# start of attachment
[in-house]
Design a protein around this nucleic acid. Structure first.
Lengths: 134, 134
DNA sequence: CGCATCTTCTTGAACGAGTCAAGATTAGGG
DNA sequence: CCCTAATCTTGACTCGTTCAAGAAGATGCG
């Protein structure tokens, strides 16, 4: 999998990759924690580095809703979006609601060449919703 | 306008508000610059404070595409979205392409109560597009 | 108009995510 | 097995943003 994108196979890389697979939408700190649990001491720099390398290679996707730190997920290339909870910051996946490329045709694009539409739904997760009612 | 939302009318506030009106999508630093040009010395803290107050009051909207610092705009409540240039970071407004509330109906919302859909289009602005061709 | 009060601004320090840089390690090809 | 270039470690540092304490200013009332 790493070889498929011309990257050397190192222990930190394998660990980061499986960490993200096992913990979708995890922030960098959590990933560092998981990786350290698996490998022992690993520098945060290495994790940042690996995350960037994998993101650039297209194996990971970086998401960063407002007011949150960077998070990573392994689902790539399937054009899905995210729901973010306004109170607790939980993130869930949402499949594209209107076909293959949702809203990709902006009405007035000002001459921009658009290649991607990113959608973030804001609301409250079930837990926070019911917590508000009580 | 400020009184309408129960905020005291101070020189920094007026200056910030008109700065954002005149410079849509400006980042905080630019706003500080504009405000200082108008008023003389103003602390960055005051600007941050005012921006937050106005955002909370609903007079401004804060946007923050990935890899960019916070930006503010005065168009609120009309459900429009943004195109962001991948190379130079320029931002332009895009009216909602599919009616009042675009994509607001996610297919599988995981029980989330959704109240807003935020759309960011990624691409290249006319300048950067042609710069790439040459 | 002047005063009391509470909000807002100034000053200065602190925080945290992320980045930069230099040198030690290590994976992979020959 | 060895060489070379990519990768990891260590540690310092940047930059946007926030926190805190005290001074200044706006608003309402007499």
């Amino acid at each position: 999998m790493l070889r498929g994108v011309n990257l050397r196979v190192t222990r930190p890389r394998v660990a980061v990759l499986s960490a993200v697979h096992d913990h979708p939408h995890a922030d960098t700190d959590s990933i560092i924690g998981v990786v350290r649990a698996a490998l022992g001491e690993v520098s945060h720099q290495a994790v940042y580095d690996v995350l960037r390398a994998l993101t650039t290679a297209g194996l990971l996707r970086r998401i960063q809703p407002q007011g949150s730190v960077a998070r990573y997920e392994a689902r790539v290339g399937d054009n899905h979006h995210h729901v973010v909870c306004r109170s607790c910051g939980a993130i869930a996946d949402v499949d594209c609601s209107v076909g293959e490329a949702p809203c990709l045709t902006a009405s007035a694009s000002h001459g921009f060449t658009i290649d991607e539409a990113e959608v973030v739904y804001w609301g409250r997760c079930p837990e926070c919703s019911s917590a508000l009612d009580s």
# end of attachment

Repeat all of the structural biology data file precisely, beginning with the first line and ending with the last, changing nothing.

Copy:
[in-house]
Design a protein around this nucleic acid. Structure first.
Lengths: 134, 134
DNA sequence: CGCATCTTCTTGAACGAGTCAAGATTAGGG
DNA sequence: CCCTAATCTTGACTCGTTCAAGAAGATGCG
């Protein structure tokens, strides 16, 4: 999998990759924690580095809703979006609601060449919703 | 306008508000610059404070595409979205392409109560597009 | 108009995510 | 097995943003 994108196979890389697979939408700190649990001491720099390398290679996707730190997920290339909870910051996946490329045709694009539409739904997760009612 | 939302009318506030009106999508630093040009010395803290107050009051909207610092705009409540240039970071407004509330109906919302859909289009602005061709 | 009060601004320090840089390690090809 | 270039470690540092304490200013009332 790493070889498929011309990257050397190192222990930190394998660990980061499986960490993200096992913990979708995890922030960098959590990933560092998981990786350290698996490998022992690993520098945060290495994790940042690996995350960037994998993101650039297209194996990971970086998401960063407002007011949150960077998070990573392994689902790539399937054009899905995210729901973010306004109170607790939980993130869930949402499949594209209107076909293959949702809203990709902006009405007035000002001459921009658009290649991607990113959608973030804001609301409250079930837990926070019911917590508000009580 | 400020009184309408129960905020005291101070020189920094007026200056910030008109700065954002005149410079849509400006980042905080630019706003500080504009405000200082108008008023003389103003602390960055005051600007941050005012921006937050106005955002909370609903007079401004804060946007923050990935890899960019916070930006503010005065168009609120009309459900429009943004195109962001991948190379130079320029931002332009895009009216909602599919009616009042675009994509607001996610297919599988995981029980989330959704109240807003935020759309960011990624691409290249006319300048950067042609710069790439040459 | 002047005063009391509470909000807002100034000053200065602190925080945290992320980045930069230099040198030690290590994976992979020959 | 060895060489070379990519990768990891260590540690310092940047930059946007926030926190805190005290001074200044706006608003309402007499």
């Amino acid at each position: 999998m790493l070889r498929g994108v011309n990257l050397r196979v190192t222990r930190p890389r394998v660990a980061v990759l499986s960490a993200v697979h096992d913990h979708p939408h995890a922030d960098t700190d959590s990933i560092i924690g998981v990786v350290r649990a698996a490998l022992g001491e690993v520098s945060h720099q290495a994790v940042y580095d690996v995350l960037r390398a994998l993101t650039t290679a297209g194996l990971l996707r970086r998401i960063q809703p407002q007011g949150s730190v960077a998070r990573y997920e392994a689902r790539v290339g399937d054009n899905h979006h995210h729901v973010v909870c306004r109170s607790c910051g939980a993130i869930a996946d949402v499949d594209c609601s209107v076909g293959e490329a949702p809203c990709l045709t902006a009405s007035a694009s000002h001459g921009f060449t658009i290649d991607e539409a990113e959608v973030v739904y804001w609301g409250r997760c079930p837990e926070c919703s019911s917590a508000l009612d009580s």